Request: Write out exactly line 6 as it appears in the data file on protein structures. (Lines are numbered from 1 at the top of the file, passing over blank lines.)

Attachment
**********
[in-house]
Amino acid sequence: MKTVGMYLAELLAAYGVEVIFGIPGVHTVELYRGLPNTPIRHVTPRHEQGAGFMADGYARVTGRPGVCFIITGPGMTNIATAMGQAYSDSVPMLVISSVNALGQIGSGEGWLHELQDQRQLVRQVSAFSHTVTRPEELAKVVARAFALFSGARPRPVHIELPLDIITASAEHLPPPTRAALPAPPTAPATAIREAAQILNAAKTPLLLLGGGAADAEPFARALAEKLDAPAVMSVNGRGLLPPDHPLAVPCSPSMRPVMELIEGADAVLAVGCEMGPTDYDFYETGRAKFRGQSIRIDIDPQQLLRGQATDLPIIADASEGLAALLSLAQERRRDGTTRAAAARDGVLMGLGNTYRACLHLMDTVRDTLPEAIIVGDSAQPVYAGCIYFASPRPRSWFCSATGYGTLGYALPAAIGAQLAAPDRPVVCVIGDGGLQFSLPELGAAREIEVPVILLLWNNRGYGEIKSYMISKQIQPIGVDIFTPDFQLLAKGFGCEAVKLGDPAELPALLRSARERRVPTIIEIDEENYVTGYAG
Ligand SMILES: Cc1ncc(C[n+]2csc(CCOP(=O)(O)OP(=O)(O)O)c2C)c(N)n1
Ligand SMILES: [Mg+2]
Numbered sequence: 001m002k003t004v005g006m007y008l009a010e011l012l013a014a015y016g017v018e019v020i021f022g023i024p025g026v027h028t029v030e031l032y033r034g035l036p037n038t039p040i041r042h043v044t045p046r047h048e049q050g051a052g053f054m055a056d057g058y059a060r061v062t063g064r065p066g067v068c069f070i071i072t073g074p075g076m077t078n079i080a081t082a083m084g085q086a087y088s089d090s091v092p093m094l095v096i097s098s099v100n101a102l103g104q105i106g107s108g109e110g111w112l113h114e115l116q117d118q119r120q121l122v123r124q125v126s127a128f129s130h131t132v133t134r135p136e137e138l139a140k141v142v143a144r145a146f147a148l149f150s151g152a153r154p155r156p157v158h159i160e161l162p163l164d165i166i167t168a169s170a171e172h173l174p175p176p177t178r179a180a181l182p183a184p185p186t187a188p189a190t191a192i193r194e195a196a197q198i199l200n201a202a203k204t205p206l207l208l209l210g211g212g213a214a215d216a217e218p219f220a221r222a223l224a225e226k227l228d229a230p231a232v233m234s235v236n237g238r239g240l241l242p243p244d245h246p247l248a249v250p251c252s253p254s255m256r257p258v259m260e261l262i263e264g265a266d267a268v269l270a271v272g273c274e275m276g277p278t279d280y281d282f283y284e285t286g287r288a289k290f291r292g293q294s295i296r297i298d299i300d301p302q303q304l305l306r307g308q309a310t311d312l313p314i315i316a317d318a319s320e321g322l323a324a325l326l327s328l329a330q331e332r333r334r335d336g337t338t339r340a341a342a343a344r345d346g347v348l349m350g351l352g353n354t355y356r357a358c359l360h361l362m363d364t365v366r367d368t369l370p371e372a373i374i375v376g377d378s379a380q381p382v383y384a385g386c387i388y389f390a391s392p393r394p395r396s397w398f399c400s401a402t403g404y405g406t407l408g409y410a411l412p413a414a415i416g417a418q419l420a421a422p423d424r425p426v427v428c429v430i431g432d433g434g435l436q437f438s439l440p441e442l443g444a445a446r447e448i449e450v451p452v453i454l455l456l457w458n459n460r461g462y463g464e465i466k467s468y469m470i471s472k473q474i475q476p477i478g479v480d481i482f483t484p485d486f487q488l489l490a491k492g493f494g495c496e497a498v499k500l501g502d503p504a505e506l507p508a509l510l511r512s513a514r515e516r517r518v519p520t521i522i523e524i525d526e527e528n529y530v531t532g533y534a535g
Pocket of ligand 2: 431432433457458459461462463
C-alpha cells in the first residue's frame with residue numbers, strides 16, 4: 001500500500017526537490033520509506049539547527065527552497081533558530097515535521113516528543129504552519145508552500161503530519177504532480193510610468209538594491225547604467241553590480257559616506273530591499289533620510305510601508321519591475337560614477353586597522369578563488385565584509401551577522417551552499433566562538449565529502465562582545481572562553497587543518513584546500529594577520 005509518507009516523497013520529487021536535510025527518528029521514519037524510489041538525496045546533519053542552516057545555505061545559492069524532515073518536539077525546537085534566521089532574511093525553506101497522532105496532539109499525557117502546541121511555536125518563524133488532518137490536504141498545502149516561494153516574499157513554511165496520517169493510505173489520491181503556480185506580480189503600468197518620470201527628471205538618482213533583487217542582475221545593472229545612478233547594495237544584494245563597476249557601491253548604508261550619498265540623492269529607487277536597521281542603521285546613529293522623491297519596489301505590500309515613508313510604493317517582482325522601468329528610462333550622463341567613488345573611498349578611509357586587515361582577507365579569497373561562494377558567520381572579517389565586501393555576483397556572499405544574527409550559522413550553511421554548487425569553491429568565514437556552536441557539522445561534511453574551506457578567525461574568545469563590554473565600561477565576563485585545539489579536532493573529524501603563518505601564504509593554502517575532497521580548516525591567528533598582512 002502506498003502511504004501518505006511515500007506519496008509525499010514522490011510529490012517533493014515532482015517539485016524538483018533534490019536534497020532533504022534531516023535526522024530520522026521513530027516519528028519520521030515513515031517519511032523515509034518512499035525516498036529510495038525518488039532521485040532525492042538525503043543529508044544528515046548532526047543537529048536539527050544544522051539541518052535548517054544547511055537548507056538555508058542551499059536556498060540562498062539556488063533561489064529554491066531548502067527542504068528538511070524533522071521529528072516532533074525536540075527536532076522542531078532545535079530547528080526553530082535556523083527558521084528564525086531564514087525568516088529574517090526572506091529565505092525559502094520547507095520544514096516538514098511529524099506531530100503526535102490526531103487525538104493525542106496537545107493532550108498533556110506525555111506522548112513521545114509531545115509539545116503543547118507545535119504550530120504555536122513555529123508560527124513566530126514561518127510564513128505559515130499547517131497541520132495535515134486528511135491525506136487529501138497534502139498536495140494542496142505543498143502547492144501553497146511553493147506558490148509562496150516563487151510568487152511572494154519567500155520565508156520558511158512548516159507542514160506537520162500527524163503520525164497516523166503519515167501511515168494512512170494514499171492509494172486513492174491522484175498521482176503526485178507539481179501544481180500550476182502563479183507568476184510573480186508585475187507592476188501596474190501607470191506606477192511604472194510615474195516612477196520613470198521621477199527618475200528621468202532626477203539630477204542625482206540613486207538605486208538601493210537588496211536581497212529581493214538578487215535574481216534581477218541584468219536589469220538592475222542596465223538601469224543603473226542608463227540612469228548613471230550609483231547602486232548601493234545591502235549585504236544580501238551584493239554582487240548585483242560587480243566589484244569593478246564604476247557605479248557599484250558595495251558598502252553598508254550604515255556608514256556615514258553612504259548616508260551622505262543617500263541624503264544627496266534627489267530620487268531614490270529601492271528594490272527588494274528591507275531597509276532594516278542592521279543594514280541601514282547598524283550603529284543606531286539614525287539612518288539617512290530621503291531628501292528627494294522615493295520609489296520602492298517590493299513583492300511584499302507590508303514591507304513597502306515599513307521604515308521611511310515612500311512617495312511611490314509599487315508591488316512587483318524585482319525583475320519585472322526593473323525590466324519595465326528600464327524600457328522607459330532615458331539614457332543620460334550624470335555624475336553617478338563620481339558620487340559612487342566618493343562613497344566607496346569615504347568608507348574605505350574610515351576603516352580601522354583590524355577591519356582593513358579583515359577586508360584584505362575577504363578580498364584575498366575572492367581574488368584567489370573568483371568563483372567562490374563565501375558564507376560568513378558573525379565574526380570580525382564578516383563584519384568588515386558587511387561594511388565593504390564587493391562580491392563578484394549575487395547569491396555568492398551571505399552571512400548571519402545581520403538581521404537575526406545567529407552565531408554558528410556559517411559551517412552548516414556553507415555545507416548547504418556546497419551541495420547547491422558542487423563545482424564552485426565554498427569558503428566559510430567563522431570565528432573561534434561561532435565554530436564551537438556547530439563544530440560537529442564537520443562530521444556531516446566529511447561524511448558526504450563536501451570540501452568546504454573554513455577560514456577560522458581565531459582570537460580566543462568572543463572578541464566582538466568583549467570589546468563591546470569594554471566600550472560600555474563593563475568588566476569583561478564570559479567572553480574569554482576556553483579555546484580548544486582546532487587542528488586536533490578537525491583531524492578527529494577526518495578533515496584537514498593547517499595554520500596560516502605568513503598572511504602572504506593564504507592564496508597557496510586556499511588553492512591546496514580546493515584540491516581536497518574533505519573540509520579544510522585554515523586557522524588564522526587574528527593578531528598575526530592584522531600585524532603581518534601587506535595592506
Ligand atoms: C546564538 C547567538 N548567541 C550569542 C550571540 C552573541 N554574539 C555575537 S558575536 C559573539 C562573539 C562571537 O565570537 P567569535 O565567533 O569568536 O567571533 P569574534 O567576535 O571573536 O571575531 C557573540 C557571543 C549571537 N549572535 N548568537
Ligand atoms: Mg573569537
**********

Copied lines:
Pocket of ligand 2: 431432433457458459461462463